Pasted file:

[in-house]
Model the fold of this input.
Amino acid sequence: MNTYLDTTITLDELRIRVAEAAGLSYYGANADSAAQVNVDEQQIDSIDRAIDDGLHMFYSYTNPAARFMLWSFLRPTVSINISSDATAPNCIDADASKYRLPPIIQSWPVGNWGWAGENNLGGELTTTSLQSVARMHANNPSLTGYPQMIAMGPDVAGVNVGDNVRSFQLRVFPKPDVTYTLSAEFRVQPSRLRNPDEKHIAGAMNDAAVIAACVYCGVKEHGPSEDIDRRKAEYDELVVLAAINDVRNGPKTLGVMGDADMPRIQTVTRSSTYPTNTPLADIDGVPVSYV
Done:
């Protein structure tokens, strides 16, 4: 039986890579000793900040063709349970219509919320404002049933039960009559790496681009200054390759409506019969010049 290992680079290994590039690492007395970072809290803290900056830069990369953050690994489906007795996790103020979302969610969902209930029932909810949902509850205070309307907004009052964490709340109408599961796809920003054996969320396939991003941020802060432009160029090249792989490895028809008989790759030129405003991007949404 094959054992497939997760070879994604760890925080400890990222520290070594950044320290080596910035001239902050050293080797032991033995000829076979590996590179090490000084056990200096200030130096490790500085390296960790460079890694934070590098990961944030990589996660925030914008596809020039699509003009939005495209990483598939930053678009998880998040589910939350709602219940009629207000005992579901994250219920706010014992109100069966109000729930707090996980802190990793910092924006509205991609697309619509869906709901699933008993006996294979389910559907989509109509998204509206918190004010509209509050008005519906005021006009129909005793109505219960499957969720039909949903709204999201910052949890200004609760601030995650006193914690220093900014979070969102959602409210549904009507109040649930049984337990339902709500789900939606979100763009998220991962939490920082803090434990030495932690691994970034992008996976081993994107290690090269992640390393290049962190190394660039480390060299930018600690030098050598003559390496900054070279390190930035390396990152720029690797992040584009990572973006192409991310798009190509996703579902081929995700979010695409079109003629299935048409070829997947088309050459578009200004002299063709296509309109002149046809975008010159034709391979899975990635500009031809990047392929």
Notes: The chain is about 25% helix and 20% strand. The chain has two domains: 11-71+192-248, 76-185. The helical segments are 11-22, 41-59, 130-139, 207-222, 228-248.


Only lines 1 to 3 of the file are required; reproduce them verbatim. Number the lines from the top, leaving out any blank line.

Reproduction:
[in-house]
Model the fold of this input.
Amino acid sequence: MNTYLDTTITLDELRIRVAEAAGLSYYGANADSAAQVNVDEQQIDSIDRAIDDGLHMFYSYTNPAARFMLWSFLRPTVSINISSDATAPNCIDADASKYRLPPIIQSWPVGNWGWAGENNLGGELTTTSLQSVARMHANNPSLTGYPQMIAMGPDVAGVNVGDNVRSFQLRVFPKPDVTYTLSAEFRVQPSRLRNPDEKHIAGAMNDAAVIAACVYCGVKEHGPSEDIDRRKAEYDELVVLAAINDVRNGPKTLGVMGDADMPRIQTVTRSSTYPTNTPLADIDGVPVSYV